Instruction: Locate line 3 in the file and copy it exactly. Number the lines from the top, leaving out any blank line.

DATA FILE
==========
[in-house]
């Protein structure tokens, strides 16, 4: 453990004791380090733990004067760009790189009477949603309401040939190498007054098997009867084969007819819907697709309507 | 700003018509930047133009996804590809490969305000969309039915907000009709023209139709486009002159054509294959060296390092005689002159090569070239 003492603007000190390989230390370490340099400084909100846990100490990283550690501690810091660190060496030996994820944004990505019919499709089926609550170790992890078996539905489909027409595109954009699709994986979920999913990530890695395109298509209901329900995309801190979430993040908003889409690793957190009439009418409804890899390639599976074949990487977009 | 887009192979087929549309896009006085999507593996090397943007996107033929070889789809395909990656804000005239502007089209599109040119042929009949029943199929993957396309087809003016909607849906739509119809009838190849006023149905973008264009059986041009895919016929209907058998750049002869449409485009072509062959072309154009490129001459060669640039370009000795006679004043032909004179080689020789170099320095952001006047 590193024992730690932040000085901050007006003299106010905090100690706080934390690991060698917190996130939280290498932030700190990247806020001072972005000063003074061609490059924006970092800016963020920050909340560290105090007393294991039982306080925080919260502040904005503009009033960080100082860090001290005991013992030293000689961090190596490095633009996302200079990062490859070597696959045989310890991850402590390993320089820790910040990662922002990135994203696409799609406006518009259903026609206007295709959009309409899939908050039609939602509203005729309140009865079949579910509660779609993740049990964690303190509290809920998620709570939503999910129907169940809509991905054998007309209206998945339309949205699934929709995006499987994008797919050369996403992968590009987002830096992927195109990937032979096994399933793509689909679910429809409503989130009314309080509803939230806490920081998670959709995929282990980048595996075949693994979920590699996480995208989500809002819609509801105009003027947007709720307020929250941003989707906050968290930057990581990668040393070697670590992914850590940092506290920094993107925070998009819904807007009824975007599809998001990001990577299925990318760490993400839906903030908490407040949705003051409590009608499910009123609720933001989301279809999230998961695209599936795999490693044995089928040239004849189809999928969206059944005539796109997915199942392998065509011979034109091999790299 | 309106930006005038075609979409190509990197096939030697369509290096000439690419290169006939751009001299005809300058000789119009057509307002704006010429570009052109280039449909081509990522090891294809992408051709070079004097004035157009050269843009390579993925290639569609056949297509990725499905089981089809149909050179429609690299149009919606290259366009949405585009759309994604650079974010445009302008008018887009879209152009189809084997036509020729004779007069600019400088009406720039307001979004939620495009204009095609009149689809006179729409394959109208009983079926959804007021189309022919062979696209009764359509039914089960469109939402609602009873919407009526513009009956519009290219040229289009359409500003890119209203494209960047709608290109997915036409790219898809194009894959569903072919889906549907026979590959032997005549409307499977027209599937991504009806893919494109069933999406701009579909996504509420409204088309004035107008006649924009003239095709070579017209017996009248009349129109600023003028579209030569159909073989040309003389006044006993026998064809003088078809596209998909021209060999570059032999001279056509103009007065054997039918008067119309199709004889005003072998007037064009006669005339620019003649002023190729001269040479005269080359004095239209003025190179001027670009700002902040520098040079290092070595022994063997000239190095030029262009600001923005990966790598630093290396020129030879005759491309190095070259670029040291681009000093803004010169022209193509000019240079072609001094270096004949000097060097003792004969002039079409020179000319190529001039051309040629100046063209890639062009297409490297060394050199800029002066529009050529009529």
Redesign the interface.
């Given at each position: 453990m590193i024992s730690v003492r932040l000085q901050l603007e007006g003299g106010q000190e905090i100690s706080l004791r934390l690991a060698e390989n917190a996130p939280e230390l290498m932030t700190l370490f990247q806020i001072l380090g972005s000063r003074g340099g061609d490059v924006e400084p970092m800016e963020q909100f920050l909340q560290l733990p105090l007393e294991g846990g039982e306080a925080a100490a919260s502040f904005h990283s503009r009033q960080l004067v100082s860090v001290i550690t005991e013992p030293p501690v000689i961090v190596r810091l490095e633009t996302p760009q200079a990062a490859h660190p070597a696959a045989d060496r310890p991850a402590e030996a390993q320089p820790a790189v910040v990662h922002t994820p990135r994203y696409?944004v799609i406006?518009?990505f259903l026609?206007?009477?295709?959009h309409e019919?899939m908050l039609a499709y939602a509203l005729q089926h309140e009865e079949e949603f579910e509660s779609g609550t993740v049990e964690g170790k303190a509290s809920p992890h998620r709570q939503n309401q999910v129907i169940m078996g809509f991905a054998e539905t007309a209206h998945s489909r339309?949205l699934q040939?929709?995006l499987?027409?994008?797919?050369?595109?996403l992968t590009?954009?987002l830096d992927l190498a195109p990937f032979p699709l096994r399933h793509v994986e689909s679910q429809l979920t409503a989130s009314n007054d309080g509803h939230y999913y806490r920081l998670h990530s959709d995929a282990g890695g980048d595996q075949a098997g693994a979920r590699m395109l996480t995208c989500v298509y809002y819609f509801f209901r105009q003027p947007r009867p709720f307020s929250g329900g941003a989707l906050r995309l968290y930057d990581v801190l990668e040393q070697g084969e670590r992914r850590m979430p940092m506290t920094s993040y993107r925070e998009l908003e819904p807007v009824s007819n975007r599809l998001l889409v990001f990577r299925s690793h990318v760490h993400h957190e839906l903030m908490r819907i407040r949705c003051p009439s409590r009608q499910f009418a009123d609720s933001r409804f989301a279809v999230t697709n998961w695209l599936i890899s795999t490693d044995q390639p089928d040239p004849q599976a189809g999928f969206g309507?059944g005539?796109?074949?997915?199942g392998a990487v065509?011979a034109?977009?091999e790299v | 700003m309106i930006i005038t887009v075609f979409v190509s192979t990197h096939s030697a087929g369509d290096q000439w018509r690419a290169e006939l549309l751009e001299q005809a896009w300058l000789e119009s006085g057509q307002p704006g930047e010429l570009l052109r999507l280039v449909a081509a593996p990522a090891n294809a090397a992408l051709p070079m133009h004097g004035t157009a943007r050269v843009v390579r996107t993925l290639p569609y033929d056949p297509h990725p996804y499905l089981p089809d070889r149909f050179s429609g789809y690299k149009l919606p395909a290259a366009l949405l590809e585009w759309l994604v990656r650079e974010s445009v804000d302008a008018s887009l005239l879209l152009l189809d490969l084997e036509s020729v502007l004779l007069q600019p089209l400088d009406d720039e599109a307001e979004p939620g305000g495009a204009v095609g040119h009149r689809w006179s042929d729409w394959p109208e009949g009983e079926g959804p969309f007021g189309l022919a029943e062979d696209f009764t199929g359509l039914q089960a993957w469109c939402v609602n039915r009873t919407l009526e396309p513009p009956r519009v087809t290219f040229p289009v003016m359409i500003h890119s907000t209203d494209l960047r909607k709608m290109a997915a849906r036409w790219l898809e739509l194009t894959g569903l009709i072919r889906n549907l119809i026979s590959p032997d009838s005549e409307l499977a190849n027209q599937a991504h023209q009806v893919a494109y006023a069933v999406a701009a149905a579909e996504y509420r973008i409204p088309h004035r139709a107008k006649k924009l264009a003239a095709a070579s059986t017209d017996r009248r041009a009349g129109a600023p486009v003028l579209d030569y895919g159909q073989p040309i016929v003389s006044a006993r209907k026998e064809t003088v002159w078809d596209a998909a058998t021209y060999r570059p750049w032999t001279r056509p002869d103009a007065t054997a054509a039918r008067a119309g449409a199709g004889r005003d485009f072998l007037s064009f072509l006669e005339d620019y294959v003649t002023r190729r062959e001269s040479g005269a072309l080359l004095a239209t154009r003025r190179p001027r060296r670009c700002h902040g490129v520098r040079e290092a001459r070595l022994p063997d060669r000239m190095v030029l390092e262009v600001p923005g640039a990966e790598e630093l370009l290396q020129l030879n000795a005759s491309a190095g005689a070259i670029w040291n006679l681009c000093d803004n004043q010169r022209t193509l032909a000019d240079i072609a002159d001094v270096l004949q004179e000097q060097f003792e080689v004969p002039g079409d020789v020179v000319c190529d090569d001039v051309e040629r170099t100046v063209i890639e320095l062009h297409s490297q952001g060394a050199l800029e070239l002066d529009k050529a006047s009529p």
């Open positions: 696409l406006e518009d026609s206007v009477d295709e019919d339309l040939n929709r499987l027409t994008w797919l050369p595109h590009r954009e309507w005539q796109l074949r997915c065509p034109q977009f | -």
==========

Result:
Redesign the interface.